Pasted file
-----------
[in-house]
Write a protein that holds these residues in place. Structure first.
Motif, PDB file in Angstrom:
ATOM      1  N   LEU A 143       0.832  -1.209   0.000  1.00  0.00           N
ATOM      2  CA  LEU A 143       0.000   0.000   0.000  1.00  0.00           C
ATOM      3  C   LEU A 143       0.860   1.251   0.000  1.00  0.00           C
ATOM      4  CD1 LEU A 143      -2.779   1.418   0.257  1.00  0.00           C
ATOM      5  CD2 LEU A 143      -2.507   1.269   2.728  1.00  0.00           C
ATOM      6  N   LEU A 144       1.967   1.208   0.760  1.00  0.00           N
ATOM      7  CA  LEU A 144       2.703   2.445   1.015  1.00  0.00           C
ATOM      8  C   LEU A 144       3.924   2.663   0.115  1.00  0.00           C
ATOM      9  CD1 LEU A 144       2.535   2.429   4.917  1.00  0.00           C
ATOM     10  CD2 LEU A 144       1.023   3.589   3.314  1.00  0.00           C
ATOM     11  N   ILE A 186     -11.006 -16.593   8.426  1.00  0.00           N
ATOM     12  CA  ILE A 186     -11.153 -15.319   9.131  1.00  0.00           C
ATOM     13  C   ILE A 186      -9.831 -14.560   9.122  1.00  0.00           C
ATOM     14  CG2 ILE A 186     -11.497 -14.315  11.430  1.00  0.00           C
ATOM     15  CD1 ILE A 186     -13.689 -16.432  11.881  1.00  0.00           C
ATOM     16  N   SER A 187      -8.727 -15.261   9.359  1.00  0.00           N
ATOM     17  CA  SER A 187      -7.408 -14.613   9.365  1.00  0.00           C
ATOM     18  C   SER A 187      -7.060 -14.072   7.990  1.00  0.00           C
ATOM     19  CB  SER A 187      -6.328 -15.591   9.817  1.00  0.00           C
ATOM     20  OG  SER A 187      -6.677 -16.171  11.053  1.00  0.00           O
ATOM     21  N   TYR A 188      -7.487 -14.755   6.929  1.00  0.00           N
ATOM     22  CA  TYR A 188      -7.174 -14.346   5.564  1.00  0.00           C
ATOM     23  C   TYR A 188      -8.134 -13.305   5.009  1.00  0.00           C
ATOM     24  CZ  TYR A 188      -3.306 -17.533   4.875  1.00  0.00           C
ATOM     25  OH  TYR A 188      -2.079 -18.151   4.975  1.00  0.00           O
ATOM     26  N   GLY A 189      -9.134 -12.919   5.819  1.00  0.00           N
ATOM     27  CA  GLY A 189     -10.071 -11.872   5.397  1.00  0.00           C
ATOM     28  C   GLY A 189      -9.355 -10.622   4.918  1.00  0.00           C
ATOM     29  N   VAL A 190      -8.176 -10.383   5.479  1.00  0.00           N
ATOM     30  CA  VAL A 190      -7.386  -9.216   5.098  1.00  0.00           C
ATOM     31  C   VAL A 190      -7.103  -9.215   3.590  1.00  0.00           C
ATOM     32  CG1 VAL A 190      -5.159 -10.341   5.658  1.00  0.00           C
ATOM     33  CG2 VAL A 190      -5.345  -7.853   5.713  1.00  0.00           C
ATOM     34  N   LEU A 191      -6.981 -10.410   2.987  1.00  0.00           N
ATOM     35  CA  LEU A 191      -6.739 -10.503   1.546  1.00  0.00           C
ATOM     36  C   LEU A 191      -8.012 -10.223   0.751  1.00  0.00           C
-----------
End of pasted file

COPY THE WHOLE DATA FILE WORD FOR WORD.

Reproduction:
[in-house]
Write a protein that holds these residues in place. Structure first.
Motif, PDB file in Angstrom:
ATOM      1  N   LEU A 143       0.832  -1.209   0.000  1.00  0.00           N
ATOM      2  CA  LEU A 143       0.000   0.000   0.000  1.00  0.00           C
ATOM      3  C   LEU A 143       0.860   1.251   0.000  1.00  0.00           C
ATOM      4  CD1 LEU A 143      -2.779   1.418   0.257  1.00  0.00           C
ATOM      5  CD2 LEU A 143      -2.507   1.269   2.728  1.00  0.00           C
ATOM      6  N   LEU A 144       1.967   1.208   0.760  1.00  0.00           N
ATOM      7  CA  LEU A 144       2.703   2.445   1.015  1.00  0.00           C
ATOM      8  C   LEU A 144       3.924   2.663   0.115  1.00  0.00           C
ATOM      9  CD1 LEU A 144       2.535   2.429   4.917  1.00  0.00           C
ATOM     10  CD2 LEU A 144       1.023   3.589   3.314  1.00  0.00           C
ATOM     11  N   ILE A 186     -11.006 -16.593   8.426  1.00  0.00           N
ATOM     12  CA  ILE A 186     -11.153 -15.319   9.131  1.00  0.00           C
ATOM     13  C   ILE A 186      -9.831 -14.560   9.122  1.00  0.00           C
ATOM     14  CG2 ILE A 186     -11.497 -14.315  11.430  1.00  0.00           C
ATOM     15  CD1 ILE A 186     -13.689 -16.432  11.881  1.00  0.00           C
ATOM     16  N   SER A 187      -8.727 -15.261   9.359  1.00  0.00           N
ATOM     17  CA  SER A 187      -7.408 -14.613   9.365  1.00  0.00           C
ATOM     18  C   SER A 187      -7.060 -14.072   7.990  1.00  0.00           C
ATOM     19  CB  SER A 187      -6.328 -15.591   9.817  1.00  0.00           C
ATOM     20  OG  SER A 187      -6.677 -16.171  11.053  1.00  0.00           O
ATOM     21  N   TYR A 188      -7.487 -14.755   6.929  1.00  0.00           N
ATOM     22  CA  TYR A 188      -7.174 -14.346   5.564  1.00  0.00           C
ATOM     23  C   TYR A 188      -8.134 -13.305   5.009  1.00  0.00           C
ATOM     24  CZ  TYR A 188      -3.306 -17.533   4.875  1.00  0.00           C
ATOM     25  OH  TYR A 188      -2.079 -18.151   4.975  1.00  0.00           O
ATOM     26  N   GLY A 189      -9.134 -12.919   5.819  1.00  0.00           N
ATOM     27  CA  GLY A 189     -10.071 -11.872   5.397  1.00  0.00           C
ATOM     28  C   GLY A 189      -9.355 -10.622   4.918  1.00  0.00           C
ATOM     29  N   VAL A 190      -8.176 -10.383   5.479  1.00  0.00           N
ATOM     30  CA  VAL A 190      -7.386  -9.216   5.098  1.00  0.00           C
ATOM     31  C   VAL A 190      -7.103  -9.215   3.590  1.00  0.00           C
ATOM     32  CG1 VAL A 190      -5.159 -10.341   5.658  1.00  0.00           C
ATOM     33  CG2 VAL A 190      -5.345  -7.853   5.713  1.00  0.00           C
ATOM     34  N   LEU A 191      -6.981 -10.410   2.987  1.00  0.00           N
ATOM     35  CA  LEU A 191      -6.739 -10.503   1.546  1.00  0.00           C
ATOM     36  C   LEU A 191      -8.012 -10.223   0.751  1.00  0.00           C